My friends know my propensity to move on to the next thing. My mother claims I entered the world with a been-there-done-that attitude. It's not something I'm particularly proud of, but I have come to acknowledge it is part of who I am.
But, I'm growing. I am learning to stay put, even when the impulse to move begins bubbling up inside me. I'm embracing the tension that sometimes I need to remain and stop looking around and other times, my gifts are best expressed in brief interactions that require no long-term involvement.
Which made a recent open door quite a conundrum. I was sitting at home, minding my own business when, out of nowhere, a door opened up. As I peered through the open door I found nothing of interest so I simply closed the door. But the door did not want to stay closed. I would be busy attending to daily tasks, only to look up and find the door mysteriously ajar.
I began to converse with God about this.
"Is this a door you want me to walk through?"
"What do you want to do?" came the reply.
"I want to do what you want me to do." I said truthfully.
"You know yourself. Stay where you are or walk through the door, but choose what is most true to who you are. What will give you life?"
As I sat with that question over the course of a couple of weeks, the decision became clear. The existence of an open door did not necessitate me walking through it. The available option did not constitute life for me and I definitively slammed the door shut. Immediately, I sensed space opening up inside me. Space for beauty and creativity and new life.
And yet, that stupid door would not stay shut. I began to reconsider. It was quite lovely on the other side of the door. There was new adventure. New people. Perhaps more opportunity, attention, respect...But what to do with the clear affirmation of the decision to stay? On the other hand, how can we really be sure we've heard from God anyway? Couldn't I just as easily say that God wanted me to walk through the door because he kept opening it? I could feel myself spiritualizing a poor decision, but I was beginning to get quite agitated by the open door.
And then my Lent devotion this morning from Philippians 2:4-8.
Let each of you look not to your own interests, but to the interest of others. Let the same mind be in you that was in Christ Jesus, who, though he was in the form of God, did not regard equality with God as something to be exploited, but emptied himself, taking the form of a slave, being born in human likeness. And being found in human form, he humbled himself and became obedient to the point of death--even death on a cross.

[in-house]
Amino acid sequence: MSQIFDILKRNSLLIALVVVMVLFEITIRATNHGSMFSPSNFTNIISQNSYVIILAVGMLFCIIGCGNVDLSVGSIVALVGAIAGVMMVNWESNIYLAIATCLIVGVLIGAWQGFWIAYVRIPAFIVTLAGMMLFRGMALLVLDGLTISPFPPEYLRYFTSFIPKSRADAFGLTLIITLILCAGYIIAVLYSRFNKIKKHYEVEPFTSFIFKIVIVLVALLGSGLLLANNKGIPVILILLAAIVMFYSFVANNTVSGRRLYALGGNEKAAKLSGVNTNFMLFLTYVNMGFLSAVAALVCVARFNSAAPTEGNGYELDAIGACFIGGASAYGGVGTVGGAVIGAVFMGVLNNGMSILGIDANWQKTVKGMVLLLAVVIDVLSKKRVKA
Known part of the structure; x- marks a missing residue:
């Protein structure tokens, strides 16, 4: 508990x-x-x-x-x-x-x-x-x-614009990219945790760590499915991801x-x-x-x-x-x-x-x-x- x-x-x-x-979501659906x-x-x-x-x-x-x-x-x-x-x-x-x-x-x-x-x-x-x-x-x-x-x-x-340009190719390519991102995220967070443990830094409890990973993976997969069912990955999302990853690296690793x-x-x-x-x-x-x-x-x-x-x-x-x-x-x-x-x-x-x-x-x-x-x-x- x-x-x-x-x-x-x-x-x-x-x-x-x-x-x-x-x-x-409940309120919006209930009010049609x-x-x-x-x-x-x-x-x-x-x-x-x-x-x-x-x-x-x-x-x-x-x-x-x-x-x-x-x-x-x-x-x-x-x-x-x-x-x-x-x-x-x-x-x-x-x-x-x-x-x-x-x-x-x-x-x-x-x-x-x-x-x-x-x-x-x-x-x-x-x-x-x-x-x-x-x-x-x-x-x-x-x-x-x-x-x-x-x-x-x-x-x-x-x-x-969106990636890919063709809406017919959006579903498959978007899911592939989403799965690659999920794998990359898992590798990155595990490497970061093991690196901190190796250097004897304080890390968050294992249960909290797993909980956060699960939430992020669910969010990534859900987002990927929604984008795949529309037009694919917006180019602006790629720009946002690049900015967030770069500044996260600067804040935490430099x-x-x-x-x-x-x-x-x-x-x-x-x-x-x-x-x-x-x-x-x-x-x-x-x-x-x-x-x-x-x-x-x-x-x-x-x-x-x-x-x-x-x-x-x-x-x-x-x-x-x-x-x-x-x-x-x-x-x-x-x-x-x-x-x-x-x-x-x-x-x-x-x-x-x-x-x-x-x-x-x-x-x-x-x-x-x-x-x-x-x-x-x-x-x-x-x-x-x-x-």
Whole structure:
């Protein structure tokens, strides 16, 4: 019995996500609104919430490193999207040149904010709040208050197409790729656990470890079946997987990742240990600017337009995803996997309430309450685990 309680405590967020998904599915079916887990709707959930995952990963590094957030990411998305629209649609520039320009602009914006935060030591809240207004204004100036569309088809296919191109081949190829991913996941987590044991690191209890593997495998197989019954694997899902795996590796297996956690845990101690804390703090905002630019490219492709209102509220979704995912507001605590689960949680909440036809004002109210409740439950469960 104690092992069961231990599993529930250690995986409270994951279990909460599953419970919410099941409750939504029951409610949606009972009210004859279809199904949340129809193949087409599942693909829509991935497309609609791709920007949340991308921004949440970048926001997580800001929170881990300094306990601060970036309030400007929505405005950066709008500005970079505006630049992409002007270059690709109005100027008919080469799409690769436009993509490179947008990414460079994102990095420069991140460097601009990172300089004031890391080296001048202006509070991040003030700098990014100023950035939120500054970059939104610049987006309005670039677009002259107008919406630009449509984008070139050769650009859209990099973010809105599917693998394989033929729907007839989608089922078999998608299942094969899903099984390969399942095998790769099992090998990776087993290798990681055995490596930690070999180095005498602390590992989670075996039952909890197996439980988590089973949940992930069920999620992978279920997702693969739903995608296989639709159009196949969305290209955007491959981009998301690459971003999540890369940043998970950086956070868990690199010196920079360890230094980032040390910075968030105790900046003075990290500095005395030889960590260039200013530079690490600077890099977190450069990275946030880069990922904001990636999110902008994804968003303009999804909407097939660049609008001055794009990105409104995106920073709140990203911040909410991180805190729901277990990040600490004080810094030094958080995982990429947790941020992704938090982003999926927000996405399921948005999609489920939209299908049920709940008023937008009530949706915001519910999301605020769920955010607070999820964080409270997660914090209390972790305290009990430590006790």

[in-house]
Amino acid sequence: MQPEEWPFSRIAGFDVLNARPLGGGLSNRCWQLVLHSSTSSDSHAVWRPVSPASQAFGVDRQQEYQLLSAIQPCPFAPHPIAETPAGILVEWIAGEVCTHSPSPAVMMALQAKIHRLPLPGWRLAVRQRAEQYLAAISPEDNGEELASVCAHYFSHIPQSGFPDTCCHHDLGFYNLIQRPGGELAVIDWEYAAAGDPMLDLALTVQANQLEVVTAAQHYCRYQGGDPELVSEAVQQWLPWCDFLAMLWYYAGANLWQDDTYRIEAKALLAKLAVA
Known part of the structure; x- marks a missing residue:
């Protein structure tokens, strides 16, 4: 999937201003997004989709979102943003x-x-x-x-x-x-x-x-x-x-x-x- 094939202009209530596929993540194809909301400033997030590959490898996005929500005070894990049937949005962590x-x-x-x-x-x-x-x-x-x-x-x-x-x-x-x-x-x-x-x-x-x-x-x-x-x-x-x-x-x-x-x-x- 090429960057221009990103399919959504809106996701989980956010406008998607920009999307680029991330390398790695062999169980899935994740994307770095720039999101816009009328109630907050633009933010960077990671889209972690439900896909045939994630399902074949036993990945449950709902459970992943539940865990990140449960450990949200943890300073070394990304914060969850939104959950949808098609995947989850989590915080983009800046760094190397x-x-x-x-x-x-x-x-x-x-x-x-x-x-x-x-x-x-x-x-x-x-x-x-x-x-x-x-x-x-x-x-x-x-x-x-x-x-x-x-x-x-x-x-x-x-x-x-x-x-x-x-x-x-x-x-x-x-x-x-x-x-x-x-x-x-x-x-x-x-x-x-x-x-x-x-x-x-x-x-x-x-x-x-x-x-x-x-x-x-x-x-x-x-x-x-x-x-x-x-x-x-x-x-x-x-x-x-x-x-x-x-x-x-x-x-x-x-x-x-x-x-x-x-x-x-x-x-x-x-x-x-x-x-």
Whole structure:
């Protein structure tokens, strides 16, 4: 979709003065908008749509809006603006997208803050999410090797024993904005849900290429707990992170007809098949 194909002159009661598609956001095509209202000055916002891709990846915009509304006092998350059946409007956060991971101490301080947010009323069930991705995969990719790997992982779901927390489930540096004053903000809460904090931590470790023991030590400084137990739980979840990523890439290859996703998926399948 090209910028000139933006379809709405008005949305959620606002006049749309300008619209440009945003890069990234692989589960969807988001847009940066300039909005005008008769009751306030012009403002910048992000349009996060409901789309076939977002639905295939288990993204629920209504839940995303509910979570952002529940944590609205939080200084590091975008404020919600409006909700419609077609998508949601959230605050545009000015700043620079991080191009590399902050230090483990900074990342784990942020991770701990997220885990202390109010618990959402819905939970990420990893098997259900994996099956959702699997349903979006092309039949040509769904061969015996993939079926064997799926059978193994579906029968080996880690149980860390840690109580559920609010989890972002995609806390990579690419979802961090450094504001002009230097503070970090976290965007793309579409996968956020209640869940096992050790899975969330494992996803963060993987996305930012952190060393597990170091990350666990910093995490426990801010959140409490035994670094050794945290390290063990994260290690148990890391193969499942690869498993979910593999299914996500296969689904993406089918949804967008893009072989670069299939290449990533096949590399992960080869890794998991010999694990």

Then I knew the answer to the open door. The door led me to the place of taking care of my own interests. My own ego. My own security. My devotional encouraged me to walk like Jesus this Holy Week--emptying myself from the need to control and my anxious passion for security. I certainly had been experiencing anxiety and I had been ready to step through the door in hopes that action, any action, would serve to dissipate the discomfort. But Easter freedom is not found in serving my own interests, but in humbly following where Jesus is leading me, listening attentively and choosing the path of self-emptying love.
What I find fascinating about this journey is its uniqueness for each of us. I think I may get to sit in my room and watch someone else walk through the open door--and it will be exactly the door God has for him or her. And, if I'm really growing, I'll be able to smile and encourage as someone walks past me on the way to a new adventure.
Kelli is a writer, speaker and consultant equipping leaders for a deepening intimacy with Christ, greater impact in ministry and more effective intentionality in all of life.
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